Researchers at the Ohio State University Wexner Medical Center have found that fewer Americans plan on taking precautions against coronavirus when hosting or attending holiday parties compared to last year.
The survey, which polled more than two thousand adults nationwide late last month, revealed that fifty-one percent of respondents would ask guests to wear face masks or coverings—down from sixty-seven percent from a year ago. Moreover, only half of those surveyed would ask for the vaccination status of their friends and family members.
“If everyone in attendance is vaccinated and are without major health risks, you can have a safe, small gathering without a lot of additional precautions,” Dr. Iahn Gonsenhauser, chief quality and patient safety officer at The Ohio State University Wexner Medical Center and assistant professor of internal medicine, said in a statement.
“Unvaccinated individuals really pose the greatest threat, and that’s when it becomes necessary to put some rules and precautions in place, even though those conversations can be a little bit awkward. . . . Plain and simple, vaccines work,” Gonsenhauser said. “They’re highly effective. The vaccines that we’ve seen developed for COVID are some of the most effective vaccines that we've ever seen in the history of medicine, there’s no debate about that.”
Meanwhile, White House chief medical advisor Dr. Anthony Fauci acknowledged earlier this week at a Bipartisan Policy Center event that individuals who are vaccinated against the coronavirus can “feel good about enjoying a typical” holiday season this year.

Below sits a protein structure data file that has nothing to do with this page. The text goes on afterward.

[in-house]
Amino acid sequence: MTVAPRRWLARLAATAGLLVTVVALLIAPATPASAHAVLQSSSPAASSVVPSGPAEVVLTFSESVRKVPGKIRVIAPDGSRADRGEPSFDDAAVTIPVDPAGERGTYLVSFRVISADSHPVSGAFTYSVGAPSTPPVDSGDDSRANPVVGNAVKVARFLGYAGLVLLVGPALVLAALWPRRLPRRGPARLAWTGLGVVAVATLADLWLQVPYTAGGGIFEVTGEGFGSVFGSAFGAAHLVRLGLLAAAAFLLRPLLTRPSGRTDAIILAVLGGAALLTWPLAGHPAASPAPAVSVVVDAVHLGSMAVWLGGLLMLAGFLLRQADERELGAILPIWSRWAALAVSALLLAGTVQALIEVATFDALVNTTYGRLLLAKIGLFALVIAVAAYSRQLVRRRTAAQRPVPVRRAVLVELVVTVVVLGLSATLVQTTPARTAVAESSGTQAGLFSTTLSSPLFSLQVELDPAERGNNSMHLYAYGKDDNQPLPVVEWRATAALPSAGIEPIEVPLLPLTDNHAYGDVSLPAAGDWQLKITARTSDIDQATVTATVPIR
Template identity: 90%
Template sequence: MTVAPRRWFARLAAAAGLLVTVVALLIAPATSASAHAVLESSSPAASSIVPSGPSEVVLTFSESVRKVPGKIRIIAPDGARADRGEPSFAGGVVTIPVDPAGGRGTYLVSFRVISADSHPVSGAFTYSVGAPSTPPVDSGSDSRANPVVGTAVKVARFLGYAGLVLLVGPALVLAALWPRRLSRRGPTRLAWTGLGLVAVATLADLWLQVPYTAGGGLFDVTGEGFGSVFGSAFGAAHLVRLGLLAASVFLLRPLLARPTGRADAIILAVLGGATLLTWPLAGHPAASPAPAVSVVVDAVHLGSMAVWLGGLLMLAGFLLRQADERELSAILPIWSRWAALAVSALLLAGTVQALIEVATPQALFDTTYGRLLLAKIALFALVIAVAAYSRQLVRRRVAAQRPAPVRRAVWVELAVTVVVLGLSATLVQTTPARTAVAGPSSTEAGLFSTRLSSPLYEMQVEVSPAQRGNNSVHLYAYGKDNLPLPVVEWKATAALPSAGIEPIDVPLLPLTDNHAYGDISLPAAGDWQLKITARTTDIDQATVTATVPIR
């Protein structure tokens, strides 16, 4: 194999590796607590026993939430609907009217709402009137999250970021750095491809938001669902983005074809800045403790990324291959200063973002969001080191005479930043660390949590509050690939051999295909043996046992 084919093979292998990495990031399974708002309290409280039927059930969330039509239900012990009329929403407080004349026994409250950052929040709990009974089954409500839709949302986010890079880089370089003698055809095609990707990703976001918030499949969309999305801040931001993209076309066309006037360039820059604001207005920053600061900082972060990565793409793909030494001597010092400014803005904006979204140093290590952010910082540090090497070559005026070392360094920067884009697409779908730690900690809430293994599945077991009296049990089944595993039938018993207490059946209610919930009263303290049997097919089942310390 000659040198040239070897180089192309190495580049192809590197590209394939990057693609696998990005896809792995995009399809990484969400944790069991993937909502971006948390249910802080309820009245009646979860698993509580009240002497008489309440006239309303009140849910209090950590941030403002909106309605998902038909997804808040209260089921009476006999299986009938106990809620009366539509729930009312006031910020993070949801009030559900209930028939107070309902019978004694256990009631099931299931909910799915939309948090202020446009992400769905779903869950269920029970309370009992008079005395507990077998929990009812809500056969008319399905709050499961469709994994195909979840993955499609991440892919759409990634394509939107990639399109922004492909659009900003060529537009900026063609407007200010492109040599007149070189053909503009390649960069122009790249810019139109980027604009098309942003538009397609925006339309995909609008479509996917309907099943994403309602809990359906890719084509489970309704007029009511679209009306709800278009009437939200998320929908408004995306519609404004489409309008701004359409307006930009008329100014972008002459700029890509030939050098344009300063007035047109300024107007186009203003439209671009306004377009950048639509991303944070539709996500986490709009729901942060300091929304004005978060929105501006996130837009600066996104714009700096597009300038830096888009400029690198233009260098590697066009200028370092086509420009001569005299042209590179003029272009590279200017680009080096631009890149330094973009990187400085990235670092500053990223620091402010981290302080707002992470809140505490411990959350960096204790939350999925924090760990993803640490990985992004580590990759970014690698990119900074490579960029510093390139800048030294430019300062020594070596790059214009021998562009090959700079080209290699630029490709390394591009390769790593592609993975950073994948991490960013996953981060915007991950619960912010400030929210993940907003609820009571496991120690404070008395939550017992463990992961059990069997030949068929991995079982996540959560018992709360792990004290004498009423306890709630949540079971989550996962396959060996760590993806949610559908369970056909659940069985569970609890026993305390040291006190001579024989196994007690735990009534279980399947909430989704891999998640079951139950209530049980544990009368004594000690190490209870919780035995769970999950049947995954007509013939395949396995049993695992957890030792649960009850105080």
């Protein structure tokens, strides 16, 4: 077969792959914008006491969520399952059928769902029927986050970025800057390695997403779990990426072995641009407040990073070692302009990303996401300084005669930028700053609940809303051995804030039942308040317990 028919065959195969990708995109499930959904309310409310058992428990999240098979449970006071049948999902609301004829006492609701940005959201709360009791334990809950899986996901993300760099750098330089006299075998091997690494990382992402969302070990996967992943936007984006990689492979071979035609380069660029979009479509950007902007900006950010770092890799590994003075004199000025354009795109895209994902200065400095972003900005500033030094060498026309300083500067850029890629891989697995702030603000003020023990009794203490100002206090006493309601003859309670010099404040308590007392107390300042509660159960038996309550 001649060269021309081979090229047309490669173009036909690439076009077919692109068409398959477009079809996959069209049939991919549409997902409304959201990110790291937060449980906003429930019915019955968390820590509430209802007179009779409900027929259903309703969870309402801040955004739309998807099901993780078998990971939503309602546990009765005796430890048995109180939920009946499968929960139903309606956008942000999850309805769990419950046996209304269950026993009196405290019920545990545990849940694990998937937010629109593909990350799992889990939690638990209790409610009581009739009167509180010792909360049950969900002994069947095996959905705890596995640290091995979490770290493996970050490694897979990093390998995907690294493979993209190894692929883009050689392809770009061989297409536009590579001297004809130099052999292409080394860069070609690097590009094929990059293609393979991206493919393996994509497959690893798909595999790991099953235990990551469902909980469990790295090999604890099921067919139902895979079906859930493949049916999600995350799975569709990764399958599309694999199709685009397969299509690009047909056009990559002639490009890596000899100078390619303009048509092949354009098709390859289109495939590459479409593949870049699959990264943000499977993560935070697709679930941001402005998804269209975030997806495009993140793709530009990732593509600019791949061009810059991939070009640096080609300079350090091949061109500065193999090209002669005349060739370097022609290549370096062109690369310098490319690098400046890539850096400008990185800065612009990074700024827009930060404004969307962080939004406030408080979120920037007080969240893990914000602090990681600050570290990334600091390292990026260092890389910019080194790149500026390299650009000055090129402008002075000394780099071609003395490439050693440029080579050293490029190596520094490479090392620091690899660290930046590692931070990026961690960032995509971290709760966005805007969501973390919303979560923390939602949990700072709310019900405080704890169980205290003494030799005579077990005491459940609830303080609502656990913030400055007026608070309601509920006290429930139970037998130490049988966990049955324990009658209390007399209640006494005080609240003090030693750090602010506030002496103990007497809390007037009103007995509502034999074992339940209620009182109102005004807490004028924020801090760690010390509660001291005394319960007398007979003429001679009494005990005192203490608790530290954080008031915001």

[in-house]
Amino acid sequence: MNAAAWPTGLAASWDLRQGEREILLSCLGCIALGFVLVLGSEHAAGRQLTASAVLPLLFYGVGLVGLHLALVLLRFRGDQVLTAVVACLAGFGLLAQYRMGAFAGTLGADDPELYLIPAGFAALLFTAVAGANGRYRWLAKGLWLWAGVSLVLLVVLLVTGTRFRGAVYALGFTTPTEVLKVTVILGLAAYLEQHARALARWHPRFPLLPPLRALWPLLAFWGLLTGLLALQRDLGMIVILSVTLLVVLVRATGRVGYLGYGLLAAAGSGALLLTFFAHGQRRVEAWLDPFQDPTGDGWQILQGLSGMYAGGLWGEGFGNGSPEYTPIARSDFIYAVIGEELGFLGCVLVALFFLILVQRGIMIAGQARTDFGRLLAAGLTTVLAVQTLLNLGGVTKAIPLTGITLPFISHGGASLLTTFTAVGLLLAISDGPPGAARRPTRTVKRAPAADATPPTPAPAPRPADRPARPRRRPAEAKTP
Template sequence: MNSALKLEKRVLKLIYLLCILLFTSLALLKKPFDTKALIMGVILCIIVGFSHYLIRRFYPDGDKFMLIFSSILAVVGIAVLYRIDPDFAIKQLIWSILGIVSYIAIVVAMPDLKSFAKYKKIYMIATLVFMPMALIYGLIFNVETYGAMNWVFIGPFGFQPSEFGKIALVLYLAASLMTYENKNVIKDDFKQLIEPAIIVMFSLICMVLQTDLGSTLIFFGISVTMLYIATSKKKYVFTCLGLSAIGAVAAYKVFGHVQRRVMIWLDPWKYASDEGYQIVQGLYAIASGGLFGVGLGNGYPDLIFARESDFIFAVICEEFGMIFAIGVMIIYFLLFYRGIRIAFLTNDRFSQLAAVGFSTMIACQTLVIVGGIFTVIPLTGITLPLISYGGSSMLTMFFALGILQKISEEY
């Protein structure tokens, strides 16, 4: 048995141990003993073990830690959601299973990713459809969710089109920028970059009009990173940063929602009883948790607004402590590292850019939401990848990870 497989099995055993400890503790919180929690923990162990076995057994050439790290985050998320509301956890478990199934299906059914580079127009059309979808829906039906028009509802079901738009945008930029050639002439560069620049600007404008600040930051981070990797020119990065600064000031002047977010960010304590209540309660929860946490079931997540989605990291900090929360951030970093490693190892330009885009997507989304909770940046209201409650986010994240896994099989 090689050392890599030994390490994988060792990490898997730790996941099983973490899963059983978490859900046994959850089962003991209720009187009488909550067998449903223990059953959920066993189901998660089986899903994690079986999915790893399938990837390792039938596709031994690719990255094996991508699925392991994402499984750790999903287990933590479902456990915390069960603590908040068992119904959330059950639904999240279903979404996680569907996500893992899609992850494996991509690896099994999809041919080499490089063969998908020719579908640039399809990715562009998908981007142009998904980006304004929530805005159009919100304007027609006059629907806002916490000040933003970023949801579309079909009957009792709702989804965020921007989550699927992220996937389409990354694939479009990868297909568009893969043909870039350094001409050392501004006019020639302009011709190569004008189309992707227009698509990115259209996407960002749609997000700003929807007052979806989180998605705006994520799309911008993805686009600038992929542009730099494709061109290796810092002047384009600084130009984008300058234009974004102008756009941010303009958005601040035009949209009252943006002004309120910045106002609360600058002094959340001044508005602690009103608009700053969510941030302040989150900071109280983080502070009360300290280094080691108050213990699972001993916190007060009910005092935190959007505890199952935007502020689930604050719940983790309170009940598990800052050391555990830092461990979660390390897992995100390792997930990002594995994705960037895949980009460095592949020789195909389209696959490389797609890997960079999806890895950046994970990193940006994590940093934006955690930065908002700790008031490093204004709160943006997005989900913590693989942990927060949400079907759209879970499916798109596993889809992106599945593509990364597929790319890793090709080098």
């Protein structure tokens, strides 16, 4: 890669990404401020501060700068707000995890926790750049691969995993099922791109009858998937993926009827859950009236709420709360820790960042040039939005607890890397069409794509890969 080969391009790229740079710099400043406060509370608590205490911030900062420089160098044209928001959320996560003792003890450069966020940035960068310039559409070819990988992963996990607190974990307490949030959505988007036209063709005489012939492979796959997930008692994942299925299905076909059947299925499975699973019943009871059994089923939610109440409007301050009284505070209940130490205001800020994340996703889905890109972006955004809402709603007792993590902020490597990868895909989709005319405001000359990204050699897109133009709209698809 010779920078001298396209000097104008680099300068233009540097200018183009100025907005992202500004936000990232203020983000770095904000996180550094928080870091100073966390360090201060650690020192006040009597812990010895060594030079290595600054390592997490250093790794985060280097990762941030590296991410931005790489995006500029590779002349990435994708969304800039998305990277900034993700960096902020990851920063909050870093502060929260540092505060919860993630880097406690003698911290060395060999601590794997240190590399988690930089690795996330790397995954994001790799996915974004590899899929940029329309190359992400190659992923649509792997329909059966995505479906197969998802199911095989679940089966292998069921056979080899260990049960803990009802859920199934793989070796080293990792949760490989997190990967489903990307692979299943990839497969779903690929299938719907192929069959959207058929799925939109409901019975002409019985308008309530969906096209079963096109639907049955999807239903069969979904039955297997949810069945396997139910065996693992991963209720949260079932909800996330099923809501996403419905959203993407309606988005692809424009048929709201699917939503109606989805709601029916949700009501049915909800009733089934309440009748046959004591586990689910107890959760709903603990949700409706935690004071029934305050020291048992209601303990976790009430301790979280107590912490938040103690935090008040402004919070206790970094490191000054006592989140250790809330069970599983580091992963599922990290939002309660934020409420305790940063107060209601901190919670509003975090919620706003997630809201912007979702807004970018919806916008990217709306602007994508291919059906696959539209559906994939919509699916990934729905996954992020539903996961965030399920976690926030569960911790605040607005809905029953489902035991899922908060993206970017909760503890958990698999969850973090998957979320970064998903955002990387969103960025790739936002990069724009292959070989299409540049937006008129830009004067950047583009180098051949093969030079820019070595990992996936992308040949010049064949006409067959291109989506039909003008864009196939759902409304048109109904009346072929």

“If you get vaccinated and your family’s vaccinated, you can feel good about enjoying a typical Thanksgiving, Christmas with your family and close friends,” Fauci said.
“When you go to indoor congregate settings, go the extra mile, be safe, wear a mask,” he said. “But when you are with your family at home, goodness, enjoy it with your parents, your children, your grandparents. There’s no reason not to do that.”
Reaching Endemic Level
“To me, if you want to get to endemic, you have got to get the level of infection so low that it does not have an impact on society, on your life, on your economy,” he said. “People will still get infected. People might still get hospitalized, but the level would be so low that we don’t think about it all the time and it doesn’t influence what we do.”
“Look what other countries are doing now about adopting a booster campaign virtually for everybody,” Fauci said. “I think if we do that … by the spring we can have pretty good control of this.”
Ethen Kim Lieser is a Washington state-based Science and Tech Editor who has held posts at Google, The Korea Herald, Lincoln Journal Star, AsianWeek, and Arirang TV. Follow or contact him on LinkedIn.